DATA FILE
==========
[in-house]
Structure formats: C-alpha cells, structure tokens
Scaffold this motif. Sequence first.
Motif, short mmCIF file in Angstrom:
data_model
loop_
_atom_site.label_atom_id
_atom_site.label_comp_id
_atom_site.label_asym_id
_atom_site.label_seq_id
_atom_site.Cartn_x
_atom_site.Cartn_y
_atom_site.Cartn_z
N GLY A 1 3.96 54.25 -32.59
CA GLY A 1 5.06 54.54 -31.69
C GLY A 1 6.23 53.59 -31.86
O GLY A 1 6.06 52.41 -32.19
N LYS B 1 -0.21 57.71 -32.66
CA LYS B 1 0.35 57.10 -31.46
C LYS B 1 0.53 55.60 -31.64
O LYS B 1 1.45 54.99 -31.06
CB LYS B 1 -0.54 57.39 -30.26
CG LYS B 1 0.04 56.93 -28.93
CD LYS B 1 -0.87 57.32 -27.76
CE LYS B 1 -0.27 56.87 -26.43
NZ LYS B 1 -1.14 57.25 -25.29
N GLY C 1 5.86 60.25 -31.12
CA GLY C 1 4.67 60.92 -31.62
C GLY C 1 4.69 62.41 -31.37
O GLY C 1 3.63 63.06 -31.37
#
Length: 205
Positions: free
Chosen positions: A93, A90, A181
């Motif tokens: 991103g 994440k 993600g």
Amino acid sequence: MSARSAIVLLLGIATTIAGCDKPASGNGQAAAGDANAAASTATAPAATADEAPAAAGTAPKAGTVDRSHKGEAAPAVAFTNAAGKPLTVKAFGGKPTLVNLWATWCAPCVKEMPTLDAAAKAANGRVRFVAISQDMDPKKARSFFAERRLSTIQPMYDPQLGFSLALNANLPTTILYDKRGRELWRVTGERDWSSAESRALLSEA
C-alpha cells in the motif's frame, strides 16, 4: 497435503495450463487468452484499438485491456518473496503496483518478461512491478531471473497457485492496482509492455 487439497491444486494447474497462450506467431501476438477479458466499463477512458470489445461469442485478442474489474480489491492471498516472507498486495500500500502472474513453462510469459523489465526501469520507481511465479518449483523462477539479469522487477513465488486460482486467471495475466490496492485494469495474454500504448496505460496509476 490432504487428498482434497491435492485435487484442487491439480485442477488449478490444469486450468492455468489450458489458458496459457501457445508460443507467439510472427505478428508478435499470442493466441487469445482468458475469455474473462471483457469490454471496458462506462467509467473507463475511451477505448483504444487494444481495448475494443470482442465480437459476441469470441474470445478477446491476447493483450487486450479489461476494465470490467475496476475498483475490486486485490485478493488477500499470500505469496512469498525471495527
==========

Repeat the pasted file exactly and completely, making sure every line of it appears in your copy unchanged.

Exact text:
[in-house]
Structure formats: C-alpha cells, structure tokens
Scaffold this motif. Sequence first.
Motif, short mmCIF file in Angstrom:
data_model
loop_
_atom_site.label_atom_id
_atom_site.label_comp_id
_atom_site.label_asym_id
_atom_site.label_seq_id
_atom_site.Cartn_x
_atom_site.Cartn_y
_atom_site.Cartn_z
N GLY A 1 3.96 54.25 -32.59
CA GLY A 1 5.06 54.54 -31.69
C GLY A 1 6.23 53.59 -31.86
O GLY A 1 6.06 52.41 -32.19
N LYS B 1 -0.21 57.71 -32.66
CA LYS B 1 0.35 57.10 -31.46
C LYS B 1 0.53 55.60 -31.64
O LYS B 1 1.45 54.99 -31.06
CB LYS B 1 -0.54 57.39 -30.26
CG LYS B 1 0.04 56.93 -28.93
CD LYS B 1 -0.87 57.32 -27.76
CE LYS B 1 -0.27 56.87 -26.43
NZ LYS B 1 -1.14 57.25 -25.29
N GLY C 1 5.86 60.25 -31.12
CA GLY C 1 4.67 60.92 -31.62
C GLY C 1 4.69 62.41 -31.37
O GLY C 1 3.63 63.06 -31.37
#
Length: 205
Positions: free
Chosen positions: A93, A90, A181
């Motif tokens: 991103g 994440k 993600g």
Amino acid sequence: MSARSAIVLLLGIATTIAGCDKPASGNGQAAAGDANAAASTATAPAATADEAPAAAGTAPKAGTVDRSHKGEAAPAVAFTNAAGKPLTVKAFGGKPTLVNLWATWCAPCVKEMPTLDAAAKAANGRVRFVAISQDMDPKKARSFFAERRLSTIQPMYDPQLGFSLALNANLPTTILYDKRGRELWRVTGERDWSSAESRALLSEA
C-alpha cells in the motif's frame, strides 16, 4: 497435503495450463487468452484499438485491456518473496503496483518478461512491478531471473497457485492496482509492455 487439497491444486494447474497462450506467431501476438477479458466499463477512458470489445461469442485478442474489474480489491492471498516472507498486495500500500502472474513453462510469459523489465526501469520507481511465479518449483523462477539479469522487477513465488486460482486467471495475466490496492485494469495474454500504448496505460496509476 490432504487428498482434497491435492485435487484442487491439480485442477488449478490444469486450468492455468489450458489458458496459457501457445508460443507467439510472427505478428508478435499470442493466441487469445482468458475469455474473462471483457469490454471496458462506462467509467473507463475511451477505448483504444487494444481495448475494443470482442465480437459476441469470441474470445478477446491476447493483450487486450479489461476494465470490467475496476475498483475490486486485490485478493488477500499470500505469496512469498525471495527